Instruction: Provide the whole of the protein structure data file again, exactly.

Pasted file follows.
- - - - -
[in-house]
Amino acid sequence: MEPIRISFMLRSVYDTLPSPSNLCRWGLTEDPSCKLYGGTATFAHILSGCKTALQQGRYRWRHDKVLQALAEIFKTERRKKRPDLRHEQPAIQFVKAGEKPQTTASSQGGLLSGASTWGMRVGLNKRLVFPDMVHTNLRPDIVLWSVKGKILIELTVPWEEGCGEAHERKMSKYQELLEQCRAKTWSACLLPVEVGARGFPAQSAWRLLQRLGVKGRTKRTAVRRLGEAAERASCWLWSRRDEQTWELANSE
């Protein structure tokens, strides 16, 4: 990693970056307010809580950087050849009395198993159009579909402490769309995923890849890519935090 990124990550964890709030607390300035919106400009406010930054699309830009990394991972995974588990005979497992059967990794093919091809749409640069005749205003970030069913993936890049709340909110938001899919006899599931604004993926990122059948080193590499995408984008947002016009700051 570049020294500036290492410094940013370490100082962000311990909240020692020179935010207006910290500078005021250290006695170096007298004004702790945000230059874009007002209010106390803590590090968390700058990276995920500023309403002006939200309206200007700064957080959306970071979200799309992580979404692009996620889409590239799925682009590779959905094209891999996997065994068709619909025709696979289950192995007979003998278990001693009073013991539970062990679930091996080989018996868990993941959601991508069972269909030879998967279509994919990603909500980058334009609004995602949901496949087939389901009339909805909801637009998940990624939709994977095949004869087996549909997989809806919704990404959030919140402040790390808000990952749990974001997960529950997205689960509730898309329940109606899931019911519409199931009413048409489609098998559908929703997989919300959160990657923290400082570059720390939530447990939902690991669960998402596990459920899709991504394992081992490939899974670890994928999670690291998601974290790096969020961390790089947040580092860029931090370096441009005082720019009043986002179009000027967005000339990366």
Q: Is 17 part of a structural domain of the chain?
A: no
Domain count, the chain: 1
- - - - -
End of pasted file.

[in-house]
Amino acid sequence: MEPIRISFMLRSVYDTLPSPSNLCRWGLTEDPSCKLYGGTATFAHILSGCKTALQQGRYRWRHDKVLQALAEIFKTERRKKRPDLRHEQPAIQFVKAGEKPQTTASSQGGLLSGASTWGMRVGLNKRLVFPDMVHTNLRPDIVLWSVKGKILIELTVPWEEGCGEAHERKMSKYQELLEQCRAKTWSACLLPVEVGARGFPAQSAWRLLQRLGVKGRTKRTAVRRLGEAAERASCWLWSRRDEQTWELANSE
């Protein structure tokens, strides 16, 4: 990693970056307010809580950087050849009395198993159009579909402490769309995923890849890519935090 990124990550964890709030607390300035919106400009406010930054699309830009990394991972995974588990005979497992059967990794093919091809749409640069005749205003970030069913993936890049709340909110938001899919006899599931604004993926990122059948080193590499995408984008947002016009700051 570049020294500036290492410094940013370490100082962000311990909240020692020179935010207006910290500078005021250290006695170096007298004004702790945000230059874009007002209010106390803590590090968390700058990276995920500023309403002006939200309206200007700064957080959306970071979200799309992580979404692009996620889409590239799925682009590779959905094209891999996997065994068709619909025709696979289950192995007979003998278990001693009073013991539970062990679930091996080989018996868990993941959601991508069972269909030879998967279509994919990603909500980058334009609004995602949901496949087939389901009339909805909801637009998940990624939709994977095949004869087996549909997989809806919704990404959030919140402040790390808000990952749990974001997960529950997205689960509730898309329940109606899931019911519409199931009413048409489609098998559908929703997989919300959160990657923290400082570059720390939530447990939902690991669960998402596990459920899709991504394992081992490939899974670890994928999670690291998601974290790096969020961390790089947040580092860029931090370096441009005082720019009043986002179009000027967005000339990366």
Q: Is 17 part of a structural domain of the chain?
A: no
Domain count, the chain: 1